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Authors: Katherine Holubitsky

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BOOK: Hippie House
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4

I
T WAS TWO WEEKS
before the farm became ours again. By then, investigators had removed most of the floorboards as well as the center post from the Hippie House. This meant that if the building wasn't torn down, it would eventually collapse on its own. So for safety's sake, among all other reasons, my father and uncle pulled it down. It was a task they insisted on doing themselves and completed in half a day.

I was immediately relieved of some of my chores, those that took me out of sight of the house. Dad would take them over for now. I was instructed to stay close to the farmhouse at all times, and my parents would not allow me to walk down the lane to catch the bus on my own.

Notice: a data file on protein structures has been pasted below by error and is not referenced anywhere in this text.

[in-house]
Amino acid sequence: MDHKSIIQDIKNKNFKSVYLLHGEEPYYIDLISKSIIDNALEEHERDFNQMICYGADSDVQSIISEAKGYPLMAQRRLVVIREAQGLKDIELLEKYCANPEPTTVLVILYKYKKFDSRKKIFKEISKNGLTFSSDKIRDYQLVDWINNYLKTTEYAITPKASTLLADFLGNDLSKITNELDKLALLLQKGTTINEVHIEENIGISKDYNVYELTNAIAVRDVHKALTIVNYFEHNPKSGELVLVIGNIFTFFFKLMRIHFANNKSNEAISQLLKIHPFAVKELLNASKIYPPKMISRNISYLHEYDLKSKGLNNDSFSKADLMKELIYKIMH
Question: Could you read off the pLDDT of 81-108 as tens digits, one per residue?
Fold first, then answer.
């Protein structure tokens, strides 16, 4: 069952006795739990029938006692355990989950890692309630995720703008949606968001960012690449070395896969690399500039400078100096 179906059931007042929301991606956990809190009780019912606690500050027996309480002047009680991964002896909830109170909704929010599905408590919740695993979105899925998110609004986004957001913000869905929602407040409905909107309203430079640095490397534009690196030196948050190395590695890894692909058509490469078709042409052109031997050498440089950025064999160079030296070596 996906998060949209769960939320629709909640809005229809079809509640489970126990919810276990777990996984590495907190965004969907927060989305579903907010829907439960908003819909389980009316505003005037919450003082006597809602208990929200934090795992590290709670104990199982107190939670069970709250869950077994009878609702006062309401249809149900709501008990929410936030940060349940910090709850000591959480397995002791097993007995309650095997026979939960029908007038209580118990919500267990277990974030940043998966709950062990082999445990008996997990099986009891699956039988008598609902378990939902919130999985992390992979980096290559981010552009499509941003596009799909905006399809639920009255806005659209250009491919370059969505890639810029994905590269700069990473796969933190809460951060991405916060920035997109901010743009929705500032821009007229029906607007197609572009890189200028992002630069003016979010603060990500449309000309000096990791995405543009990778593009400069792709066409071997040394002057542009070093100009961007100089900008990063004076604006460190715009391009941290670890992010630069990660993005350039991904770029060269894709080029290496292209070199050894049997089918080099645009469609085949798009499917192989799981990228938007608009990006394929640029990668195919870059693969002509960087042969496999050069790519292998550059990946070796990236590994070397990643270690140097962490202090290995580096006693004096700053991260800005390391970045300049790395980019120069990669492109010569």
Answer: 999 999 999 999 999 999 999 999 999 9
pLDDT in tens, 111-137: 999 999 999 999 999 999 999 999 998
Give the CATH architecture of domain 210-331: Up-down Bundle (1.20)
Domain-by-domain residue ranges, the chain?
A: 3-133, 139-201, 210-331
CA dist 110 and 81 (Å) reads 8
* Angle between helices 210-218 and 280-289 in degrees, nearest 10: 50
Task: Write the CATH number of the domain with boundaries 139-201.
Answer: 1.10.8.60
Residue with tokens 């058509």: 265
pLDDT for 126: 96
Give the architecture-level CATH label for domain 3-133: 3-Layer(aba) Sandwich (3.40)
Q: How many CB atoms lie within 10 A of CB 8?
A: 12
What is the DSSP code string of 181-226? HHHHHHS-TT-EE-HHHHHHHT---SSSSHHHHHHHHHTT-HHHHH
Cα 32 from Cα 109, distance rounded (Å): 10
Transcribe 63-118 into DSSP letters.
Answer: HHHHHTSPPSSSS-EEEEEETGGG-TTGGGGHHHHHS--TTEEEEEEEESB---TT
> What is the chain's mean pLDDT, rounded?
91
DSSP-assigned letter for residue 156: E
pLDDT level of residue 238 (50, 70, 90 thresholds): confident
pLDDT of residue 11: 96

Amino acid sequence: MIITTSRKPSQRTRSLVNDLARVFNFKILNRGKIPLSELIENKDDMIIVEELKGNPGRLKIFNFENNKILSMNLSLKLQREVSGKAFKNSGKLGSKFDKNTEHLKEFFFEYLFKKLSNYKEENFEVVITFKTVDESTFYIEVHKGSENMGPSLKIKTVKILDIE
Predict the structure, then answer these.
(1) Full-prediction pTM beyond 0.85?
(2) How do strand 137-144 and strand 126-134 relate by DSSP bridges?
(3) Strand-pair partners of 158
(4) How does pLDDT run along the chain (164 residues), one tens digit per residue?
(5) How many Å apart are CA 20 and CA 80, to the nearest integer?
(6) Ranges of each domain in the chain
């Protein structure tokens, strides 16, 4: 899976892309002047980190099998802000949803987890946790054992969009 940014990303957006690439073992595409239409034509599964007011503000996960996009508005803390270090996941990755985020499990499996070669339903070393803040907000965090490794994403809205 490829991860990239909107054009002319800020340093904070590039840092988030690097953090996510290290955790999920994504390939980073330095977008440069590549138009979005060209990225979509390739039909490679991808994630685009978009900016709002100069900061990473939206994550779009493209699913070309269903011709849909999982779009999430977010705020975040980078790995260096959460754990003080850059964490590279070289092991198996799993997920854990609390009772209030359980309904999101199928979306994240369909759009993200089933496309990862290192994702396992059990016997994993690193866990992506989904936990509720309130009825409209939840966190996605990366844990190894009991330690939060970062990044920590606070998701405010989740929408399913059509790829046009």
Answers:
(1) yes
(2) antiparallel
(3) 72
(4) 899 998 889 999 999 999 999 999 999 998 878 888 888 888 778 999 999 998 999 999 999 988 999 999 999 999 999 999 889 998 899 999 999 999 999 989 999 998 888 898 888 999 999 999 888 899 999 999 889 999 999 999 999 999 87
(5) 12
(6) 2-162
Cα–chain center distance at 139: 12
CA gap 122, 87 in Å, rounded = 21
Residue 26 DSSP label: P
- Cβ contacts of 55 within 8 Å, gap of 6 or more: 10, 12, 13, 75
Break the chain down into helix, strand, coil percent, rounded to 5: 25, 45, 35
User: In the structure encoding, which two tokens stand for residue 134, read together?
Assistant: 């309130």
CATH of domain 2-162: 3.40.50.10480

Trudging through a fresh layer of snow behind Eric one morning, I thought about how swiftly Katie had disappeared. She worked only ten minutes from where she lived, yet in that short time she had been abducted without a witness. It occurred to me how foolish I had been. I had never even considered the potential danger in what I'd assumed were normal activities. How many hours had I tempted fate by lingering on the road, alone, at the end of this lane? And during the summer there were
the many times I had ridden between farms on my bike—spaces of time when I could so easily have been snatched like Katie, never to be seen again. At least not alive. In that moment, the vision I had of my life moving forward, unhampered, in a direction only I would determine, crumbled. Life transformed into something so fleeting and fragile it sent a shiver up my spine.